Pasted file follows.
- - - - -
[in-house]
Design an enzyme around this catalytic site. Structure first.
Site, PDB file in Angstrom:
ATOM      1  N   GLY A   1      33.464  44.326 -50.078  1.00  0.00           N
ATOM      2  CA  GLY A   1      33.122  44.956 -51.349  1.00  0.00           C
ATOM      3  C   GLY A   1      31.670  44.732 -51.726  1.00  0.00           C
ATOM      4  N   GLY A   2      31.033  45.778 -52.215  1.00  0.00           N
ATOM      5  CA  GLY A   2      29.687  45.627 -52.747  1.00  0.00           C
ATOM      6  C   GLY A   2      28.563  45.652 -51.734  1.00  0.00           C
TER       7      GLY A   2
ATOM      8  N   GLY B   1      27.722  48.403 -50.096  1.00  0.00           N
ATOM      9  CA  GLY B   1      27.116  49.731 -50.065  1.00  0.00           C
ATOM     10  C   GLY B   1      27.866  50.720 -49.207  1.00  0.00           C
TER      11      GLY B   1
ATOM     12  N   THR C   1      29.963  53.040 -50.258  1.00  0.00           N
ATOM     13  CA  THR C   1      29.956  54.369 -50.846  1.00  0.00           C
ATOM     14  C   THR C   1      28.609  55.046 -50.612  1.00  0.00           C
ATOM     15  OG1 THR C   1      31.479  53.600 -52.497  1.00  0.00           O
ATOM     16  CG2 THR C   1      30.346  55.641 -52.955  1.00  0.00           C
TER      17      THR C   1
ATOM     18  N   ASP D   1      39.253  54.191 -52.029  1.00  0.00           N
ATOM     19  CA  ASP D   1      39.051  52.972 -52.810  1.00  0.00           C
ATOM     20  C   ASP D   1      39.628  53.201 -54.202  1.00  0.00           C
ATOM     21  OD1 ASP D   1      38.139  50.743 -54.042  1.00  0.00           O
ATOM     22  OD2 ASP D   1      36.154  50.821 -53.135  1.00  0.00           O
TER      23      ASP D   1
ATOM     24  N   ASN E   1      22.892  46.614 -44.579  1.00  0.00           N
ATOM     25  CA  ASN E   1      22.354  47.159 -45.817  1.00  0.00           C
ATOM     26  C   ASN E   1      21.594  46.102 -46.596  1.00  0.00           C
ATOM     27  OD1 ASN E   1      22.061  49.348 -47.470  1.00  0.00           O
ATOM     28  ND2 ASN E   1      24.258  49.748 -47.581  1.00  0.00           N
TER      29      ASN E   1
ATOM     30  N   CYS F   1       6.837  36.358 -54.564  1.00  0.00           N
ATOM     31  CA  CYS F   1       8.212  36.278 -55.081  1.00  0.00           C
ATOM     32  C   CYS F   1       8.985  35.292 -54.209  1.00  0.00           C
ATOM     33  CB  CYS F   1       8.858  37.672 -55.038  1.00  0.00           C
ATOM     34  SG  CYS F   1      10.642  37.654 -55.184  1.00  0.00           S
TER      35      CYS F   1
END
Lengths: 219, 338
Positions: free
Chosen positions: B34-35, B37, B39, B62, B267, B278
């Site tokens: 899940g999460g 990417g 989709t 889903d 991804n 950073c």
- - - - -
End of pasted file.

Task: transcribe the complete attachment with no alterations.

[in-house]
Design an enzyme around this catalytic site. Structure first.
Site, PDB file in Angstrom:
ATOM      1  N   GLY A   1      33.464  44.326 -50.078  1.00  0.00           N
ATOM      2  CA  GLY A   1      33.122  44.956 -51.349  1.00  0.00           C
ATOM      3  C   GLY A   1      31.670  44.732 -51.726  1.00  0.00           C
ATOM      4  N   GLY A   2      31.033  45.778 -52.215  1.00  0.00           N
ATOM      5  CA  GLY A   2      29.687  45.627 -52.747  1.00  0.00           C
ATOM      6  C   GLY A   2      28.563  45.652 -51.734  1.00  0.00           C
TER       7      GLY A   2
ATOM      8  N   GLY B   1      27.722  48.403 -50.096  1.00  0.00           N
ATOM      9  CA  GLY B   1      27.116  49.731 -50.065  1.00  0.00           C
ATOM     10  C   GLY B   1      27.866  50.720 -49.207  1.00  0.00           C
TER      11      GLY B   1
ATOM     12  N   THR C   1      29.963  53.040 -50.258  1.00  0.00           N
ATOM     13  CA  THR C   1      29.956  54.369 -50.846  1.00  0.00           C
ATOM     14  C   THR C   1      28.609  55.046 -50.612  1.00  0.00           C
ATOM     15  OG1 THR C   1      31.479  53.600 -52.497  1.00  0.00           O
ATOM     16  CG2 THR C   1      30.346  55.641 -52.955  1.00  0.00           C
TER      17      THR C   1
ATOM     18  N   ASP D   1      39.253  54.191 -52.029  1.00  0.00           N
ATOM     19  CA  ASP D   1      39.051  52.972 -52.810  1.00  0.00           C
ATOM     20  C   ASP D   1      39.628  53.201 -54.202  1.00  0.00           C
ATOM     21  OD1 ASP D   1      38.139  50.743 -54.042  1.00  0.00           O
ATOM     22  OD2 ASP D   1      36.154  50.821 -53.135  1.00  0.00           O
TER      23      ASP D   1
ATOM     24  N   ASN E   1      22.892  46.614 -44.579  1.00  0.00           N
ATOM     25  CA  ASN E   1      22.354  47.159 -45.817  1.00  0.00           C
ATOM     26  C   ASN E   1      21.594  46.102 -46.596  1.00  0.00           C
ATOM     27  OD1 ASN E   1      22.061  49.348 -47.470  1.00  0.00           O
ATOM     28  ND2 ASN E   1      24.258  49.748 -47.581  1.00  0.00           N
TER      29      ASN E   1
ATOM     30  N   CYS F   1       6.837  36.358 -54.564  1.00  0.00           N
ATOM     31  CA  CYS F   1       8.212  36.278 -55.081  1.00  0.00           C
ATOM     32  C   CYS F   1       8.985  35.292 -54.209  1.00  0.00           C
ATOM     33  CB  CYS F   1       8.858  37.672 -55.038  1.00  0.00           C
ATOM     34  SG  CYS F   1      10.642  37.654 -55.184  1.00  0.00           S
TER      35      CYS F   1
END
Lengths: 219, 338
Positions: free
Chosen positions: B34-35, B37, B39, B62, B267, B278
């Site tokens: 899940g999460g 990417g 989709t 889903d 991804n 950073c």